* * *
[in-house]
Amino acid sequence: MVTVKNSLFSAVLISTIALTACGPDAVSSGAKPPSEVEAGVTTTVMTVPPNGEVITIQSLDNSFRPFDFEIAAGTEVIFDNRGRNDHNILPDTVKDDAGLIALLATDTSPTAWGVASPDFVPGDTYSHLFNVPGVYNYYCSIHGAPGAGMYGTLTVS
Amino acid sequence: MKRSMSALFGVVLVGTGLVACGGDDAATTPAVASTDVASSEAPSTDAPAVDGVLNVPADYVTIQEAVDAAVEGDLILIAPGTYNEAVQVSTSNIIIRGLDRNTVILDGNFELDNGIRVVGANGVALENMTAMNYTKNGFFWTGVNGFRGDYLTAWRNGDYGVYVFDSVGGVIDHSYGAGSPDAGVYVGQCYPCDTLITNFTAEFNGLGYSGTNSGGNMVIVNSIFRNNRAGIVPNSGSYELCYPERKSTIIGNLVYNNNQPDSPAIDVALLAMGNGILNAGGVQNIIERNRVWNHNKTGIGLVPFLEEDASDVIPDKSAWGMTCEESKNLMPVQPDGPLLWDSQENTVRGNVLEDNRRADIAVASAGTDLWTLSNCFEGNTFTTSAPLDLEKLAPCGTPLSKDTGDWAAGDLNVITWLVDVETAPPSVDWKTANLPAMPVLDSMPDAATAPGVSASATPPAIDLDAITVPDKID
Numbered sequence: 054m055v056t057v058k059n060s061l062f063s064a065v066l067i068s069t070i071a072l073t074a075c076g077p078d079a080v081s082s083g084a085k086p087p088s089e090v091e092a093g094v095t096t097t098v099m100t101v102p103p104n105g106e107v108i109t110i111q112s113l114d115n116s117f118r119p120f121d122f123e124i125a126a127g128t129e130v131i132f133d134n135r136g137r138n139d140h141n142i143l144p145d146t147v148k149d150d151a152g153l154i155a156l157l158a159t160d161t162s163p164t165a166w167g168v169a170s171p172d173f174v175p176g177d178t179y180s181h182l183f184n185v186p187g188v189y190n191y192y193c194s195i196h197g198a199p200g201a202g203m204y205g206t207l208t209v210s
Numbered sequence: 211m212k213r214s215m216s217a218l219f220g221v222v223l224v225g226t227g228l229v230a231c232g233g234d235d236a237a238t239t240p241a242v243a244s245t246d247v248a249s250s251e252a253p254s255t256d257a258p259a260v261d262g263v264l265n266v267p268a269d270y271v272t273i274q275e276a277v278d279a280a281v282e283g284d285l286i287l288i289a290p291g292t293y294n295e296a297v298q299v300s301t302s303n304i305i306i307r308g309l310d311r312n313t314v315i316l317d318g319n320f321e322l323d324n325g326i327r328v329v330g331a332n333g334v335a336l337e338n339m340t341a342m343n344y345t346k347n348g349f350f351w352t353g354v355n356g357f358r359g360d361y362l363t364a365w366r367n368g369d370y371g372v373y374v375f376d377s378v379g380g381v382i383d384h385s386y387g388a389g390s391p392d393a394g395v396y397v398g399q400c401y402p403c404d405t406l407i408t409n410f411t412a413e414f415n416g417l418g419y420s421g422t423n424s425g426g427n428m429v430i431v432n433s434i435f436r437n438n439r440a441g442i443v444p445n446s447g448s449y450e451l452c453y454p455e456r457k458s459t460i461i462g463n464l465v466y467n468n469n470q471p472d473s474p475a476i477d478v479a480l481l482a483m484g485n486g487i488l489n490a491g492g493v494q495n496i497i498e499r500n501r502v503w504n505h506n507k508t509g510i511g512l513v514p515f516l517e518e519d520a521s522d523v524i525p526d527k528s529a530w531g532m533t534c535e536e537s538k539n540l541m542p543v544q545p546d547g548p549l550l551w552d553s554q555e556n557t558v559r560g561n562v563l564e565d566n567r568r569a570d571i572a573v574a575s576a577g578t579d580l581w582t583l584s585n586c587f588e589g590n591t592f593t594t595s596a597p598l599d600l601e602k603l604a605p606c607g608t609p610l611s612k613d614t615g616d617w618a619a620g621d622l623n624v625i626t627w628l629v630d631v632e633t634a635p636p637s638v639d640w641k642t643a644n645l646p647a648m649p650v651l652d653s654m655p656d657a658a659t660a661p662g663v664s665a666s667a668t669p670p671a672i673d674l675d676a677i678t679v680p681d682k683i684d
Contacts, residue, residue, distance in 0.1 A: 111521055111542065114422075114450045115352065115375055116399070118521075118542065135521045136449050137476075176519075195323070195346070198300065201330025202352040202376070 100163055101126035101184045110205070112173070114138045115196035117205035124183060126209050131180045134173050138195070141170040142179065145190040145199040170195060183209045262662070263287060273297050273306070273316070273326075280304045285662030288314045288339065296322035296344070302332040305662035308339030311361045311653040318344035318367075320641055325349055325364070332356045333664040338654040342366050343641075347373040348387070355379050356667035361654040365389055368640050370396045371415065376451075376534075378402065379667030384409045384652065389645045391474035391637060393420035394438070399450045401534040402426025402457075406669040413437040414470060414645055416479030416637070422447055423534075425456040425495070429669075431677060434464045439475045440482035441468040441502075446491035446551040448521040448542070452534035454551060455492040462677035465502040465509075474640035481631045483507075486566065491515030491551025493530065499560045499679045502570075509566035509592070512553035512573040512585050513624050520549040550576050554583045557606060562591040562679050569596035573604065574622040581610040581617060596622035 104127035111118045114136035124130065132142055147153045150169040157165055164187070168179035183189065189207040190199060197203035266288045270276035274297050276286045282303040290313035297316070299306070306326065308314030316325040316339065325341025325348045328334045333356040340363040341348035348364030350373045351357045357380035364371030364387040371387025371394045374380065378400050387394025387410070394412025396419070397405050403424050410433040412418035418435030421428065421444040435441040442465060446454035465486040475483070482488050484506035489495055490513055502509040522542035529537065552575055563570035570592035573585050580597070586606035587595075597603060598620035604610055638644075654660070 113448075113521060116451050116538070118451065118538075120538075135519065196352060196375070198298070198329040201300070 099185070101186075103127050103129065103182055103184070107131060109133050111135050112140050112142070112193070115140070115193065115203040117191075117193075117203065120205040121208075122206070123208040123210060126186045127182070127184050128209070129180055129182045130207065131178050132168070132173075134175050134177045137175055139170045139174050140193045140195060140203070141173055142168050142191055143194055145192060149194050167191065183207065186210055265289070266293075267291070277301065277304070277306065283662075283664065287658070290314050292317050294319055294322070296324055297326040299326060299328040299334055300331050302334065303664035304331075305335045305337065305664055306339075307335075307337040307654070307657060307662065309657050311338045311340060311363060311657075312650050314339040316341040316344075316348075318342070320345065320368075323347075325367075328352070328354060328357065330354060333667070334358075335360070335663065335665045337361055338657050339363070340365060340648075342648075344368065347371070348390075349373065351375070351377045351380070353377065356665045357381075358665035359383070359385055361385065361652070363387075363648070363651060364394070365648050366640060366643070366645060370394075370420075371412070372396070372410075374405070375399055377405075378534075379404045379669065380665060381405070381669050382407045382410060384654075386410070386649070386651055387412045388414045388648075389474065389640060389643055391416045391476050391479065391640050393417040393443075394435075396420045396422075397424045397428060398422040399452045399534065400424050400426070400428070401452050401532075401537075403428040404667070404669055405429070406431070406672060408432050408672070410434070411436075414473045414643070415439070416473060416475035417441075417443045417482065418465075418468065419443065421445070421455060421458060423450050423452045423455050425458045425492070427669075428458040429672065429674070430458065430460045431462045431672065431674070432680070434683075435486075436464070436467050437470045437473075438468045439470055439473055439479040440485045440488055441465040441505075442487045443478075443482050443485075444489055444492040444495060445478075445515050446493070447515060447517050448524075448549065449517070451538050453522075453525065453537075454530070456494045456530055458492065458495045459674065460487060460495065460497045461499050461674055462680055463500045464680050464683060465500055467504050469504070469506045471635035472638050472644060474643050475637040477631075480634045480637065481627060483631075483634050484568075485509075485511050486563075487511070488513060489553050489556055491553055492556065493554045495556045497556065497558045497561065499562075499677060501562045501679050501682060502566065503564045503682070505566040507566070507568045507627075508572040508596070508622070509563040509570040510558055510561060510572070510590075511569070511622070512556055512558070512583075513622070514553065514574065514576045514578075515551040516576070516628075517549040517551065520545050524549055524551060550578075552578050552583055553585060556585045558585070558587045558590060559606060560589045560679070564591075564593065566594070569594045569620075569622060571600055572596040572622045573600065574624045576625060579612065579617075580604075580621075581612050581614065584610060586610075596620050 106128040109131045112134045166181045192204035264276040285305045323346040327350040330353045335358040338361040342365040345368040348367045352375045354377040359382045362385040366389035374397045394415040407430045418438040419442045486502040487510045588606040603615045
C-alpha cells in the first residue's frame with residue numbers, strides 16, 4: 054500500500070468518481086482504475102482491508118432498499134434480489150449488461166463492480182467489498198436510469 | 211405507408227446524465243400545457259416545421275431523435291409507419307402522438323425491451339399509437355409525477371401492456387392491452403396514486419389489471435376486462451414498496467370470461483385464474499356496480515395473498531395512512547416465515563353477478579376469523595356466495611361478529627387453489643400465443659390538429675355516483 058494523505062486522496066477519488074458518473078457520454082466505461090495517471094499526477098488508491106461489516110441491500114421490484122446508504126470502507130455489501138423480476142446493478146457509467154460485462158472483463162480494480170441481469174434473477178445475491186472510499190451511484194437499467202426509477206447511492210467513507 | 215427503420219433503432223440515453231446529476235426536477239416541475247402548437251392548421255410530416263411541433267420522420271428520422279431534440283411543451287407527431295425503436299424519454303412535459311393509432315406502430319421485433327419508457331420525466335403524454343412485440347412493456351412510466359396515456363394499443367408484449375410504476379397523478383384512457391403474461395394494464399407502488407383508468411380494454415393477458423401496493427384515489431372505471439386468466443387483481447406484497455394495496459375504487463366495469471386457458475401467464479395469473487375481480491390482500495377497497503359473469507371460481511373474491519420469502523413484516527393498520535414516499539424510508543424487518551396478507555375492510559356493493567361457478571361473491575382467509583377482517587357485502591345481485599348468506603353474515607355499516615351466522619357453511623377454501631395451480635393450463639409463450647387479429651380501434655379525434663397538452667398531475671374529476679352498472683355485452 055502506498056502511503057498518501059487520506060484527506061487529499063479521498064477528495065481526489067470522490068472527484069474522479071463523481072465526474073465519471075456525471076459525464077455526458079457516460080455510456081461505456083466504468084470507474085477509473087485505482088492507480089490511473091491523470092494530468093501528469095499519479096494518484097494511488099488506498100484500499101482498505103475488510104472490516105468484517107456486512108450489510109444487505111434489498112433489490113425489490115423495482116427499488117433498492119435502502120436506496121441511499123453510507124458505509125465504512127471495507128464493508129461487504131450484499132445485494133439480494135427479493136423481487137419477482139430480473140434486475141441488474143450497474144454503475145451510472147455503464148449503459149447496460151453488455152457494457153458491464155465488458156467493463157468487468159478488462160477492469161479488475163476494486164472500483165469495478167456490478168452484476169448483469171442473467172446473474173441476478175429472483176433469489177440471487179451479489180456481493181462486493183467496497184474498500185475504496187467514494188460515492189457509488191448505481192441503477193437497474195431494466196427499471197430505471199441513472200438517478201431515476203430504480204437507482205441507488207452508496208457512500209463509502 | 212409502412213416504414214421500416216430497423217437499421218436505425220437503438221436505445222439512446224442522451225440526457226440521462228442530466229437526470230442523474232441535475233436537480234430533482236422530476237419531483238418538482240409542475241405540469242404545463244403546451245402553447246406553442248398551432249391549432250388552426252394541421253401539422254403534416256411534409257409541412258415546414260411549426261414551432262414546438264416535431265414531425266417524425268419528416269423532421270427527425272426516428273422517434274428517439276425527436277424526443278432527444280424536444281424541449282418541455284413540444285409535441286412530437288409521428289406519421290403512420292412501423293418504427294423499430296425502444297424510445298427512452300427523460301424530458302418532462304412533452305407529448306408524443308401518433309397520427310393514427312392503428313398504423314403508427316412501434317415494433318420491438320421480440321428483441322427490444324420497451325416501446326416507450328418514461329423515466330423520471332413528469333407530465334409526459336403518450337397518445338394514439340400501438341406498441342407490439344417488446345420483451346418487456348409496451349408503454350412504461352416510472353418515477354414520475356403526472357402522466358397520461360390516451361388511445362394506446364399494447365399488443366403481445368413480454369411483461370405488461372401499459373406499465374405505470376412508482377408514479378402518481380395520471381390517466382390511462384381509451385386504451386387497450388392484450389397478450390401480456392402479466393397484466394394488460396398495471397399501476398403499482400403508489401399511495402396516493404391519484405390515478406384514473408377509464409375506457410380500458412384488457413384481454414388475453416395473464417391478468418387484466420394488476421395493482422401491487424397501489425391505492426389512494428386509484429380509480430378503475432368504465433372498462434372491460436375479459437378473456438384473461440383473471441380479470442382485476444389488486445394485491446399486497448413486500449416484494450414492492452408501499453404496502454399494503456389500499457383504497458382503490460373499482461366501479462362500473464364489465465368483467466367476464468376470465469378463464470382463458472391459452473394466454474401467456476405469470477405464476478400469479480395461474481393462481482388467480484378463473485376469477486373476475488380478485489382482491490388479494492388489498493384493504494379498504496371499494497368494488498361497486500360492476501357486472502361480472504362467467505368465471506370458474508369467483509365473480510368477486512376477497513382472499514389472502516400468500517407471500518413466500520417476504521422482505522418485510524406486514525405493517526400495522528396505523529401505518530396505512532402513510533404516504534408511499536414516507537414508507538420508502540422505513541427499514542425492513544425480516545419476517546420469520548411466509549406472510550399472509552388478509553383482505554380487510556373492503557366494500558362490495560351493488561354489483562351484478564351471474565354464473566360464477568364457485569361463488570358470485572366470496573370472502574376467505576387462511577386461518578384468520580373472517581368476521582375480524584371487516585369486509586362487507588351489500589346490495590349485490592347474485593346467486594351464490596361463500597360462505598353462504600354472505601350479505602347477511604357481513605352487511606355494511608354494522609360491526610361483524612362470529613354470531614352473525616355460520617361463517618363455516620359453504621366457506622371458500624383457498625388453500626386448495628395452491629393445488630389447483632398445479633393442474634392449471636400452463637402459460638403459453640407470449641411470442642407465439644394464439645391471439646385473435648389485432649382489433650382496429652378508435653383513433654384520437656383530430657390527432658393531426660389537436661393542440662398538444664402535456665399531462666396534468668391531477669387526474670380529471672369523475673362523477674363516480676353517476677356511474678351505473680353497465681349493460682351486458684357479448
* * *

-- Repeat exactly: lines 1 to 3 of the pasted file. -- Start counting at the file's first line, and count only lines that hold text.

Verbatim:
[in-house]
Amino acid sequence: MVTVKNSLFSAVLISTIALTACGPDAVSSGAKPPSEVEAGVTTTVMTVPPNGEVITIQSLDNSFRPFDFEIAAGTEVIFDNRGRNDHNILPDTVKDDAGLIALLATDTSPTAWGVASPDFVPGDTYSHLFNVPGVYNYYCSIHGAPGAGMYGTLTVS
Amino acid sequence: MKRSMSALFGVVLVGTGLVACGGDDAATTPAVASTDVASSEAPSTDAPAVDGVLNVPADYVTIQEAVDAAVEGDLILIAPGTYNEAVQVSTSNIIIRGLDRNTVILDGNFELDNGIRVVGANGVALENMTAMNYTKNGFFWTGVNGFRGDYLTAWRNGDYGVYVFDSVGGVIDHSYGAGSPDAGVYVGQCYPCDTLITNFTAEFNGLGYSGTNSGGNMVIVNSIFRNNRAGIVPNSGSYELCYPERKSTIIGNLVYNNNQPDSPAIDVALLAMGNGILNAGGVQNIIERNRVWNHNKTGIGLVPFLEEDASDVIPDKSAWGMTCEESKNLMPVQPDGPLLWDSQENTVRGNVLEDNRRADIAVASAGTDLWTLSNCFEGNTFTTSAPLDLEKLAPCGTPLSKDTGDWAAGDLNVITWLVDVETAPPSVDWKTANLPAMPVLDSMPDAATAPGVSASATPPAIDLDAITVPDKID